‘I am very optimistic about the opening up that’s going to be happening,…I think people should shop and shop with confidence but they should of course observe the rules on social distancing and do it as safely as possible.’  At the same time it has been revealed that  British Chancellor Rishi Sunak is considering a VAT cut to stimulate spending, following concerns that social-distancing rules and anxious shoppers will keep sales figures low.  Furthermore, half of Britain's shoppers could avoid the high street in the immediate future, with four in ten spending less money than they did pre-lockdown, according to a YouGov poll for The Daily Telegraph.  Of course that statistic doesn’t reveal whether the majority six out of ten will be spending the same or even more to mitigate the drop.

The reluctance to spend might reasonably be attributed to loss of consumer confidence in what is now a global recession.  For those who lost their jobs as a direct result of Lockdown, their future is uncertain and it’s fully understandable they wouldn’t want to be splashing the cash on luxuries and non-essentials.  And surely anyone laid off – or ‘furloughed’, as became the government buzzword,  for those 3 and a half months would also be feeling the pinch?

Well, curiously not!  In a generous parachute package to staff forced to stay at home due to the closure of their places of work, the above-mentioned Sunak had offered those furloughed personnel a government hand-out amounting to a massive eighty percent of their salaries.  And with the closure of all places of entertainment  and the elimination of travel costs and other expenses such as  eat-in or take-out lunches, many employees have found themselves not only saving money during their enforced leave but saving money, i.e, salting some funds away in their bank accounts.  In other words, they found themselves financially better off,  being off  than on!  On that basis, then, they could be expected to be keen to splurge on the nation’s favourite pastime of retail therapy, particularly in view of the fact that stores including Zara, John Lewis and Debenhams have slashed prices by as much as 70 per cent in a bid to lure shoppers back. Desperate fashion chains are sitting on as much as £15billion (P225billion)  of unsold stock they are keen to shift.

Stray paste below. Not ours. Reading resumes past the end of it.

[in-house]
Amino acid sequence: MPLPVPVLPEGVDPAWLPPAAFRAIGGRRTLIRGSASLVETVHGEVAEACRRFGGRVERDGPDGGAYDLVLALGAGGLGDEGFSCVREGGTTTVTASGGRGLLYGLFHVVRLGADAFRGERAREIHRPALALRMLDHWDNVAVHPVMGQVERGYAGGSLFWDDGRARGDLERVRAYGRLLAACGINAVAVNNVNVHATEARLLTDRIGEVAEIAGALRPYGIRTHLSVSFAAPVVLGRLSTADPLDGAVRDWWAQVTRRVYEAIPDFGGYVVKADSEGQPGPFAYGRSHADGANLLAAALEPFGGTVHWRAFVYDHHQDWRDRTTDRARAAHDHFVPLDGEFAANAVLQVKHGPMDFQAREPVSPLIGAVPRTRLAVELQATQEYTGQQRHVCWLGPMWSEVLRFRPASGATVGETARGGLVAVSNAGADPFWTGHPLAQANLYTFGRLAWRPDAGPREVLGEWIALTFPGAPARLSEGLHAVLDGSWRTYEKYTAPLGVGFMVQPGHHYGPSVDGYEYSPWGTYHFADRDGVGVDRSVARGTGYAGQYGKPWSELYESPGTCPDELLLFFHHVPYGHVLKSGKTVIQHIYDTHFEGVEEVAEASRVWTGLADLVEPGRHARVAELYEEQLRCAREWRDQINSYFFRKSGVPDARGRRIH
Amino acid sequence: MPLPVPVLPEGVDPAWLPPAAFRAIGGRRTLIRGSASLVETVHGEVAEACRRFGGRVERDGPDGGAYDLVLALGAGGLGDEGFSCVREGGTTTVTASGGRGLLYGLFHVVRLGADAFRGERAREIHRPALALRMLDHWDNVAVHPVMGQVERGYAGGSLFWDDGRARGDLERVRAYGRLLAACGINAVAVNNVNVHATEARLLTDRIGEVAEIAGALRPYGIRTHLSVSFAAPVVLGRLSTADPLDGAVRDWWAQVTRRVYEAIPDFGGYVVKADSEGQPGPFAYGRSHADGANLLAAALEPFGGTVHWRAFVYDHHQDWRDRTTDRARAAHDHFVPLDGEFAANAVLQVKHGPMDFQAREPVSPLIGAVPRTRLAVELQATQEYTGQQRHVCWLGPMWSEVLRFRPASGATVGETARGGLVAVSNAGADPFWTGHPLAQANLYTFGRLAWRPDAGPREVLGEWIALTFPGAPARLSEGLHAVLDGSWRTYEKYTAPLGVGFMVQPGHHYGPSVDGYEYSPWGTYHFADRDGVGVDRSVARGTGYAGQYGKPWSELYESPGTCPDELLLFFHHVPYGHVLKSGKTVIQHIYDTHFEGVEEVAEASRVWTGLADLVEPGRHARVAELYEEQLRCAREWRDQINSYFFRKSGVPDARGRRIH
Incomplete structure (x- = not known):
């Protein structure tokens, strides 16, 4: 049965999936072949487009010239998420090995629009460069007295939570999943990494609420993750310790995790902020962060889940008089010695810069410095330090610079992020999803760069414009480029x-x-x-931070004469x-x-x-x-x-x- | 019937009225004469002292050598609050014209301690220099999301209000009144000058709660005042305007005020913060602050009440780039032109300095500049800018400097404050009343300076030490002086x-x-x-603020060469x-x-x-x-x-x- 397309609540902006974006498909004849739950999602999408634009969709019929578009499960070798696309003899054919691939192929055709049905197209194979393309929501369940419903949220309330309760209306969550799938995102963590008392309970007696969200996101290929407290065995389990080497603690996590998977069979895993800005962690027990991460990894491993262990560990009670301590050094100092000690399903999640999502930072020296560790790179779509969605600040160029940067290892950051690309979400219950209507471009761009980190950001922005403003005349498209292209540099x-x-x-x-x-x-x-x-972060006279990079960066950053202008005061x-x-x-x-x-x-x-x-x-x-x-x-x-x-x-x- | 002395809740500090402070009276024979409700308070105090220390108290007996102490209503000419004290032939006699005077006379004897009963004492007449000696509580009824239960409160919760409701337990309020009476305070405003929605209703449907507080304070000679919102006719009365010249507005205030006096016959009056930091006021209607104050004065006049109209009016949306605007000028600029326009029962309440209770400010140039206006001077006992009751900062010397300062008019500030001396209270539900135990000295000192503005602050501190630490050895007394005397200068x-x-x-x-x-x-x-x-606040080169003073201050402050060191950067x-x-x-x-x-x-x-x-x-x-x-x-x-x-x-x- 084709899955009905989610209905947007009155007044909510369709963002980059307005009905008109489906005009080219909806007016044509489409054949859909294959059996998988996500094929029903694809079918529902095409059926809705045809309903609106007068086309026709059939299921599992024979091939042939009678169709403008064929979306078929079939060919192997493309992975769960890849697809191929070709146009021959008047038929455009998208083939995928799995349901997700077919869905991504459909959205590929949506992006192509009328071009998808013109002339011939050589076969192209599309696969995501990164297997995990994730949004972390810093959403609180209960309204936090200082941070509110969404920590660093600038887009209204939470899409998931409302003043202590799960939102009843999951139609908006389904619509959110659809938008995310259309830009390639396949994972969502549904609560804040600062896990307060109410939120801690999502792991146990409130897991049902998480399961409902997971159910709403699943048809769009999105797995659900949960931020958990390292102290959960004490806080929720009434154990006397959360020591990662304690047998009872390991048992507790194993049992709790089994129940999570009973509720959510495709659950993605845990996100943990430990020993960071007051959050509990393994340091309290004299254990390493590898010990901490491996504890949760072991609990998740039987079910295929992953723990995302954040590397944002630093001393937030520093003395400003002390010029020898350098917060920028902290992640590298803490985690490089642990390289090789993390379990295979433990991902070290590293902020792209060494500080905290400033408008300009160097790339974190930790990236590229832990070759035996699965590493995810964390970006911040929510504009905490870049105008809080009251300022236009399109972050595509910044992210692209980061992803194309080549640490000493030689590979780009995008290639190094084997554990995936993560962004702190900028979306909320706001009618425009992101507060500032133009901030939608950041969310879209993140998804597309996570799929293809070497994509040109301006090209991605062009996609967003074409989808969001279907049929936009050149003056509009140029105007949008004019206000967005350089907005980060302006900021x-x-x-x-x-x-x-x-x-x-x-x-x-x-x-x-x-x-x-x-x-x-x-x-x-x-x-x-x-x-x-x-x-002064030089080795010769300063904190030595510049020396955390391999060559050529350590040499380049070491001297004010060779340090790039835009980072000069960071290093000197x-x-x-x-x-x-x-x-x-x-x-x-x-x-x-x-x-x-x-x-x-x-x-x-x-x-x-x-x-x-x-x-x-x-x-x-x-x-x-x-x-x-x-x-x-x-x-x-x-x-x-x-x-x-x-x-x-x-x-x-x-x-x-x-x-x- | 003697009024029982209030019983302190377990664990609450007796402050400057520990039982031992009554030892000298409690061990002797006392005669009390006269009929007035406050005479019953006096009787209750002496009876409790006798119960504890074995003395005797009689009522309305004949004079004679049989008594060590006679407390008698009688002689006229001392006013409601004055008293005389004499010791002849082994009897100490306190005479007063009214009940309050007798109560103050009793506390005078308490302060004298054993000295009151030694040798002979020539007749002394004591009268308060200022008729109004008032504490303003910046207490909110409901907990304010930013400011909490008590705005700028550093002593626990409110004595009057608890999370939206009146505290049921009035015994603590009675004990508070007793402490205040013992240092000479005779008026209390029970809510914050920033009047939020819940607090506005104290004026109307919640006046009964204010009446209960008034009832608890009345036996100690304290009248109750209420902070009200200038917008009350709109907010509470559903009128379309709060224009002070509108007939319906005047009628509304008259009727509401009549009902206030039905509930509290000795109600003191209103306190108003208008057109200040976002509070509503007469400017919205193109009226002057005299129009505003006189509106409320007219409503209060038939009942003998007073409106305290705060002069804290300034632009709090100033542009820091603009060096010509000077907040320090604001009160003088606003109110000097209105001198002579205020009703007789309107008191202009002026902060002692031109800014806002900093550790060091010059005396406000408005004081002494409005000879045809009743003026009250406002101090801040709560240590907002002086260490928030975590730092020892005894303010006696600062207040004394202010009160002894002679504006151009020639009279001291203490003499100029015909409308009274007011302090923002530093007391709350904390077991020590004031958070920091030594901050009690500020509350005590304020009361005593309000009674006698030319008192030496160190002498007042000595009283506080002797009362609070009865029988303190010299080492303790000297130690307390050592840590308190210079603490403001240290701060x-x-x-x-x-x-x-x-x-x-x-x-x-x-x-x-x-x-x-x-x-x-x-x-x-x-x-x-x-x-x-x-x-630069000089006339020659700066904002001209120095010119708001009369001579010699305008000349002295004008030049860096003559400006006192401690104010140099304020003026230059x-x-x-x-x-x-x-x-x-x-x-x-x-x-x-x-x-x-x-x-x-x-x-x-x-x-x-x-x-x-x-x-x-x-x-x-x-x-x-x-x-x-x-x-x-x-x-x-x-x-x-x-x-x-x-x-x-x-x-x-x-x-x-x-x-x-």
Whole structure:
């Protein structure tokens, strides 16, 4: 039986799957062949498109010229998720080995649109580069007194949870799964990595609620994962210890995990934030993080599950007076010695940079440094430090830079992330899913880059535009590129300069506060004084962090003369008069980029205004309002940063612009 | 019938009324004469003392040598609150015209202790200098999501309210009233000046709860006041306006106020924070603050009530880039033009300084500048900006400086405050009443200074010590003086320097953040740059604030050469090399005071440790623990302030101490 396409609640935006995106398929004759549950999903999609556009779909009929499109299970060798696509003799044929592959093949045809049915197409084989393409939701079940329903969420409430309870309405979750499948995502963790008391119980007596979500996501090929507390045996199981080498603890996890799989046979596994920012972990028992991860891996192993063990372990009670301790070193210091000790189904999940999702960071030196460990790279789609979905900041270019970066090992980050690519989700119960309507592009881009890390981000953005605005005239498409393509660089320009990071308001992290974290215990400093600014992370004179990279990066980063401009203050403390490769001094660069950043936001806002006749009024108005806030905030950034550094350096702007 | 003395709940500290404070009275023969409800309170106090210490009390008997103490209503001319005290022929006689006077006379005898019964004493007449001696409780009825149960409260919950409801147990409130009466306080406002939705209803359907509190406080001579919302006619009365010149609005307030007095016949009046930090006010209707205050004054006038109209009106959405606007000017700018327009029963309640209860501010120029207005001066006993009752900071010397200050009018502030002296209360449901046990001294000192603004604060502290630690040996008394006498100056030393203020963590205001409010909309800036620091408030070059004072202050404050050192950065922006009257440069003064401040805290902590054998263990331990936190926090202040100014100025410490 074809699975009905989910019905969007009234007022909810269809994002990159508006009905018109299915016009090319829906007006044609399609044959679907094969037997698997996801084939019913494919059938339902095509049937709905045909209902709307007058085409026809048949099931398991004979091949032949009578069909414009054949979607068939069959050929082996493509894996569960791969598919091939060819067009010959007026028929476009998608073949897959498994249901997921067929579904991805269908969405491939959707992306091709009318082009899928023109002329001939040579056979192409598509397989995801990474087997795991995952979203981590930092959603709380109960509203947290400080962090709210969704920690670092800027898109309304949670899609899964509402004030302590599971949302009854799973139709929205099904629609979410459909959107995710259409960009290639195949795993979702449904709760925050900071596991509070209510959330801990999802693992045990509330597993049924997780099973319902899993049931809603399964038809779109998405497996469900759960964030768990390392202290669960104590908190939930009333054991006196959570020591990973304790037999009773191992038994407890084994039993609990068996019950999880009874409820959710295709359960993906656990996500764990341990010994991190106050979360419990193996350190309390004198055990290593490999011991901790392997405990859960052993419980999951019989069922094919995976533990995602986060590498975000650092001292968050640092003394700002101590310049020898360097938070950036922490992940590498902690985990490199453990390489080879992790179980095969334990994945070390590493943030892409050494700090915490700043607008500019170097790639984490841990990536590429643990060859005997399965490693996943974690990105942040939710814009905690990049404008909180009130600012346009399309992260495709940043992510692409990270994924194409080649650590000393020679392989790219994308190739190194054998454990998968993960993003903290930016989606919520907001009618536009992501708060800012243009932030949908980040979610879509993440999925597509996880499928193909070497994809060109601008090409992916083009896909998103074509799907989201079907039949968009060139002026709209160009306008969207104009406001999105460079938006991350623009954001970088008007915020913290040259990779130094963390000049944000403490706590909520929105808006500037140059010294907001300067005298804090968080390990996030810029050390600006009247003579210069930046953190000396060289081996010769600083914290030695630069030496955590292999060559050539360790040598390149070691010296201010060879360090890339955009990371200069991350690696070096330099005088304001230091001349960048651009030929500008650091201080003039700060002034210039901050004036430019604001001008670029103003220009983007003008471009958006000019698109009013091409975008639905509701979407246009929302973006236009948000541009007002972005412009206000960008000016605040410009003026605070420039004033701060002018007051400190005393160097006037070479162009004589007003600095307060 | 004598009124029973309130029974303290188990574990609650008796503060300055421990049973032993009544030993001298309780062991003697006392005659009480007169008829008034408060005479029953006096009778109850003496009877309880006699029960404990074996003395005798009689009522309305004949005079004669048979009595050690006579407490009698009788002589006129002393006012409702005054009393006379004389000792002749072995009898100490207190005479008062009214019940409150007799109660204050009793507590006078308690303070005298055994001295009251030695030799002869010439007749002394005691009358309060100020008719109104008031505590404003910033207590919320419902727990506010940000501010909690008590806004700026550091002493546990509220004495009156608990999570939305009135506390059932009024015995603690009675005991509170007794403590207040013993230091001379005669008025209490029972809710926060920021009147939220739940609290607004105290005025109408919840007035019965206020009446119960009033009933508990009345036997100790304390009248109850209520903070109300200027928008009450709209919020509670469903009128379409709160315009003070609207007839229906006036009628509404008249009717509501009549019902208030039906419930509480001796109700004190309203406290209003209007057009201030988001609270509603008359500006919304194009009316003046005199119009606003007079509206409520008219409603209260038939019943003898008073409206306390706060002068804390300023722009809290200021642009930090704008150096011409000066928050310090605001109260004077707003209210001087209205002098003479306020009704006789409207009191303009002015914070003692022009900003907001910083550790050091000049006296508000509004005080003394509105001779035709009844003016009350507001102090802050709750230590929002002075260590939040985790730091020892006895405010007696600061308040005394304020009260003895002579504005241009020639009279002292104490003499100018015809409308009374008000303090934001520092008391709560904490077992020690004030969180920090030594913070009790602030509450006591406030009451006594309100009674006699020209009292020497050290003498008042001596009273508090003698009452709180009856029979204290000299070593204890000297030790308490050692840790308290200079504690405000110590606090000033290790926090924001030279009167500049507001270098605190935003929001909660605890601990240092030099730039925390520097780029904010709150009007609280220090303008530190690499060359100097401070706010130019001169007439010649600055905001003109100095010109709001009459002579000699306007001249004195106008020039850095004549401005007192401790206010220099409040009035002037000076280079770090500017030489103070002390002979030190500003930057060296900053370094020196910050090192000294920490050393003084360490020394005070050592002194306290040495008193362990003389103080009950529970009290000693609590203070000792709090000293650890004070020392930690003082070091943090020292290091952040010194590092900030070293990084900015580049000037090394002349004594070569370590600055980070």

So it all boils down to a question of consumer confidence, rather than simple economics.  Whilst most of us will have rushed out to the shops as soon as they re-opened to purchase something the government might not have deemed ‘essential’ but which is certainly necessary to us as individuals, how may of us are actually prepared to lay out for a big-ticket item when the economic future is still so uncertain, not least of which the dreaded ‘second wave’, should it arise?

Only time will tell, but for all those redundant retail workers,  metaphorically if not literally left on the shelf, it might anyway be a sad case of too little, too late.